Jordan River

The Jordan (? Hebrew נהר הירדן Nəhar ha - Jarden / i, mutatis mutandis " descends the river "; Arab نهر الأردن, DMG Nahr al - Urdunn ) is a river in the Middle East.

With the Israelite conquest of the Jordan was the border of the Kingdom of Israel to the " nations." His crossing as a transition from the hostile strangers in the land of promise is therefore often used as an allegory for the dying, as " beyond the Jordan" in the German idiom.

Geography of the river

The headwaters of the Jordan - the Hasbani in Lebanon, the Dan in northern Israel and the Banyas (also called Hermonfluss ) in the northern Golan Heights - originate in the area surrounding Mount Hermon. They unite in the area around Sede Nehemija to Jordan, then in a north-south direction, the Huleebene Nordgaliläas crosses before it opens at Bethsaida in the Sea of ​​Galilee. South of the lake, he enters the Jordan Rift Valley and takes in its further course, the left side are the only two major tributaries, the Yarmuk and Jabbok on. Southeast of Jericho it empties into the Dead Sea, an endorheic Endsee.

The geographical extent ( distance) of the Jordan River is only about 170 km. But through his strong curve it comes to an actual length of 251 km. Alone, the section between the Sea of ​​Galilee and the Dead Sea has for its numerous bends a length of 210 km, although the two lakes are only 105 km apart.

In his almost entire southern course of the river ( with the exception of the distance from the Sea of ​​Galilee to Beit Shean ) of the Jordan forms the border between Israel and Jordan. In the northern area, it flows along the Israeli-occupied Golan Heights of Syria and claimed.

The Jordan Valley to the Dead Sea is a geological depression and is highly prone to earthquakes as a grave breach.

The geology and hydrology of the Jordan and its environment, see Palestine ( region).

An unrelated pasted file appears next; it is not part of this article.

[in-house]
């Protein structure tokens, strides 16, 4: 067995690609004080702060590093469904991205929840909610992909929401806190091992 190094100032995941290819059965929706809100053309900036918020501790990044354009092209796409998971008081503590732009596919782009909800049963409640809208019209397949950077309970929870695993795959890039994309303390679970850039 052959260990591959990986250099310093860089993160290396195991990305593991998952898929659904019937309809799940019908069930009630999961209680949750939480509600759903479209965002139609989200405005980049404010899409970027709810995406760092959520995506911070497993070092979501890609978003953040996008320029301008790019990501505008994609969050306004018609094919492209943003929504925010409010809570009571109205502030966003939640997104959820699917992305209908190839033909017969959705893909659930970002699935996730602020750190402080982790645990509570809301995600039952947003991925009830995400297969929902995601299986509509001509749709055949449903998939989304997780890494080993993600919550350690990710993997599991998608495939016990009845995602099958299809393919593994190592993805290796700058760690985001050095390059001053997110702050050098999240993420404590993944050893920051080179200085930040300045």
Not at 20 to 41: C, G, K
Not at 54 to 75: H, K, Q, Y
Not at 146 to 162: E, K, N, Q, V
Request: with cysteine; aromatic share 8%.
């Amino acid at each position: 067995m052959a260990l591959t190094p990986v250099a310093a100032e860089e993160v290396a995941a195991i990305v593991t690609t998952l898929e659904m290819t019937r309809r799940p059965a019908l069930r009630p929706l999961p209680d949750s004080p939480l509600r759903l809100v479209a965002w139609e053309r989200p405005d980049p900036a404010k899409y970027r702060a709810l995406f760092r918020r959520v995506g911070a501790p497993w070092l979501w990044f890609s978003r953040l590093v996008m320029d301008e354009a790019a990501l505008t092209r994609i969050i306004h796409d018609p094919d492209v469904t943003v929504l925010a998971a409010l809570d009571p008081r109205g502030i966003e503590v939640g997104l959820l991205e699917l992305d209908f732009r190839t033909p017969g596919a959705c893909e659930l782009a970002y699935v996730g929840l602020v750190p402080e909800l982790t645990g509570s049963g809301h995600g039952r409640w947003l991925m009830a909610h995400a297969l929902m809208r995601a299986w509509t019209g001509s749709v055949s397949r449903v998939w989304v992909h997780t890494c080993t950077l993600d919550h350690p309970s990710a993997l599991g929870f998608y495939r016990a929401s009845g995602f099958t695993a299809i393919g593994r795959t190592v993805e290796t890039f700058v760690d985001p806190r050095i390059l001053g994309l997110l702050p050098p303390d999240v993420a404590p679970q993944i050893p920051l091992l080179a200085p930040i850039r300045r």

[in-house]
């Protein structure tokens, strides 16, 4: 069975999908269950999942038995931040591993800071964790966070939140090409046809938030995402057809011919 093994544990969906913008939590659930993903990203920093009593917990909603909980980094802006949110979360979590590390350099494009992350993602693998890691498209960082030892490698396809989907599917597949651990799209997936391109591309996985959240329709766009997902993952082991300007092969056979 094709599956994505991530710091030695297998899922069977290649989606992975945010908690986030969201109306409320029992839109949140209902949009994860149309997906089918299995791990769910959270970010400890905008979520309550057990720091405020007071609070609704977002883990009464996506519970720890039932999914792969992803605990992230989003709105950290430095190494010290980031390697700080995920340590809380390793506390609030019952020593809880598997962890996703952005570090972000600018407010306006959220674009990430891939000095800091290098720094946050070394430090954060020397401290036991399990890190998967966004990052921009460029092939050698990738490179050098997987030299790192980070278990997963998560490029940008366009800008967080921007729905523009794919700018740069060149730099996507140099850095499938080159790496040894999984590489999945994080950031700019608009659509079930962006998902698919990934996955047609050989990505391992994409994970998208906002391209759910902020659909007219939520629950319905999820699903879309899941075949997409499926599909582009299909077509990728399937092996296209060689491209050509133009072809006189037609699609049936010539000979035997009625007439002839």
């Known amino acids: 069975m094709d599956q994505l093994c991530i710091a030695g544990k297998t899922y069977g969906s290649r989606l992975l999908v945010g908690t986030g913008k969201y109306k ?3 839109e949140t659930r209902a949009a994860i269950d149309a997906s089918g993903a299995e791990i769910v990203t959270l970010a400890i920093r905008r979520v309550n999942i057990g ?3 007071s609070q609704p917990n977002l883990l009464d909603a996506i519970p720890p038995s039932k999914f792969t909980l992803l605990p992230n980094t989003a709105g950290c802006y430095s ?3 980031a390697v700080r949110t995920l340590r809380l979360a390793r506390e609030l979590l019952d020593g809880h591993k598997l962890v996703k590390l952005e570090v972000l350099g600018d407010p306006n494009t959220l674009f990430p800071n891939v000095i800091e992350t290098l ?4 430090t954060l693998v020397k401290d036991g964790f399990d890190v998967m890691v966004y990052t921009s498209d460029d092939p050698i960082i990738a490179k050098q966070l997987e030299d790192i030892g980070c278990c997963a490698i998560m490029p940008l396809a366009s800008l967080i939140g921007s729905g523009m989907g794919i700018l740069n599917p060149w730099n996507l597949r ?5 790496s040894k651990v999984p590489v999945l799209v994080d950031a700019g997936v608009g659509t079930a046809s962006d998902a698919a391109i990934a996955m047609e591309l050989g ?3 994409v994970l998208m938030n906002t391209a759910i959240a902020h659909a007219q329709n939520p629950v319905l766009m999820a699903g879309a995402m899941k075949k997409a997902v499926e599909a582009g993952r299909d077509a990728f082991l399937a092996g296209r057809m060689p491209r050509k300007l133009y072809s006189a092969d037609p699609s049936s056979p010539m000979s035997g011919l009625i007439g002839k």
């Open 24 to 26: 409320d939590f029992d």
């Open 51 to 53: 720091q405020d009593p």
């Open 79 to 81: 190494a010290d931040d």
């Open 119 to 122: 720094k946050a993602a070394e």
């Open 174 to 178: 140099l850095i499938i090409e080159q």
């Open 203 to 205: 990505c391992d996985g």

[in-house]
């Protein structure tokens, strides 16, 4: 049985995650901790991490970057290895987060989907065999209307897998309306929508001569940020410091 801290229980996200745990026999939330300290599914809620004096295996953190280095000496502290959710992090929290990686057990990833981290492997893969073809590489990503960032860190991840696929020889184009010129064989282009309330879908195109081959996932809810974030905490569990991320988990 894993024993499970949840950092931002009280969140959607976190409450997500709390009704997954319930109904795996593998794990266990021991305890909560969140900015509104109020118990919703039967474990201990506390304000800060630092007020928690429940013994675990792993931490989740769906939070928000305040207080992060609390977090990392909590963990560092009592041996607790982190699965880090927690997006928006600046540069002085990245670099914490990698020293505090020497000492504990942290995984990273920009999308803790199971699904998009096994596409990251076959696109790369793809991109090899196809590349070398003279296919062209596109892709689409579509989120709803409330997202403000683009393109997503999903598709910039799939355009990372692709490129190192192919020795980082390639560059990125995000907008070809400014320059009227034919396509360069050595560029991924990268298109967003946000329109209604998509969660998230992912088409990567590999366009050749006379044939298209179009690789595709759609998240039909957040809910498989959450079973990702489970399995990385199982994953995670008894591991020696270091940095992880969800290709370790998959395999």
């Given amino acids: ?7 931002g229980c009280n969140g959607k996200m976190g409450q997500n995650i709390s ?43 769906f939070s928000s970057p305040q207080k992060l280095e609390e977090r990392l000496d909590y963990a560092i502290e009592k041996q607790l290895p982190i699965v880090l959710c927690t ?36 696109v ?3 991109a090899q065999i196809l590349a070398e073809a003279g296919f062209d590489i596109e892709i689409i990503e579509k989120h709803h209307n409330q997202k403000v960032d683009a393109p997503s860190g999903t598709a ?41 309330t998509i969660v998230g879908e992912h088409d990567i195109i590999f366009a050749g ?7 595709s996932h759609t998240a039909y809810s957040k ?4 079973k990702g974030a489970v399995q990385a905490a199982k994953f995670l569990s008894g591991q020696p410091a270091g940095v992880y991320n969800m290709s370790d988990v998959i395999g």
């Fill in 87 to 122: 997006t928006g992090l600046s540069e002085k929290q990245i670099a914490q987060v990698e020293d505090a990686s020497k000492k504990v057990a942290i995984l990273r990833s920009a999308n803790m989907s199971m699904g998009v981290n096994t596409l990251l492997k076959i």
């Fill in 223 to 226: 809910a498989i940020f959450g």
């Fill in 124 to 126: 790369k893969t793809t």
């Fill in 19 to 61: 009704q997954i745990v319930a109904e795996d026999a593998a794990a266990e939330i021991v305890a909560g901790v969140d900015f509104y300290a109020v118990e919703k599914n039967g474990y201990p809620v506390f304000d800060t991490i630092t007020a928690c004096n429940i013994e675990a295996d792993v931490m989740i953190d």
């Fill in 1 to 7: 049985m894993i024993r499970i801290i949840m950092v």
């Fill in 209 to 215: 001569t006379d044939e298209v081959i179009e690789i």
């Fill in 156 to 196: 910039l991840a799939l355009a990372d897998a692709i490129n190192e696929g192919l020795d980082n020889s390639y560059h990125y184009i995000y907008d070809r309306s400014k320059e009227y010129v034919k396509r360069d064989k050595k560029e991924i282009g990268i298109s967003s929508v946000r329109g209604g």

Political significance

Due to its limit position of the Bank plays an important role in the politics of the Middle East. The Jordan leads all year round comparatively large amount of water. Israel views of the river and the Sea of ​​Galilee as a central element of the drinking water supply, the other riparian countries (Lebanon, Syria and Jordan) in turn require a fair share of the water of the river system.

The relationship between Israel and Jordan, the river was able to contribute to peace. Article 6 of the Israeli- Jordanian peace treaty, which was signed by King Hussein of Jordan, Israeli Prime Minister Yitzhak Rabin and U.S. President Bill Clinton on 26 October 1994 in Washington, contains the contractual assurance that Jordan larger quantities of water from the river may be found. In relation to Israel, Syria, Jordan wears closer to the crisis: concern, Syria, Israel could "the water abgraben ", is a key reason that Israel refuses to return the Golan Heights.

See also: Jordan water issue

Water use

The Jordan River is the main source of fresh water for both Israel and Jordan. Thus, from 1200 million cubic meters of water, which leads to the Jordan in the year, taken from Israel alone from the Sea of ​​Galilee 500 million m³. This water is used primarily for agricultural irrigation in the Negev desert, to supply the city with drinking water. Due to the constant water removal of the Jordan degenerates over to trickle from wastewater. Annually, only 200 million cubic meters of water into the Dead Sea, which leads to a dramatic decrease in its water level.

Religious significance

In Judaism, the Bank has importance as the river, the people of Israel crossed at the Conquest of Canaan after the walk through the desert under the leadership of Joshua ( Jos 3 EU).

In the area around Jericho, the site is located, in which the Baptist was baptized according to the New Testament tradition Jesus by John. Through this important event for Christians of Jordan became a highly frequented pilgrimage destination with numerous Taufstellen, such as in Yardenit at the south end of the lake of Galilee.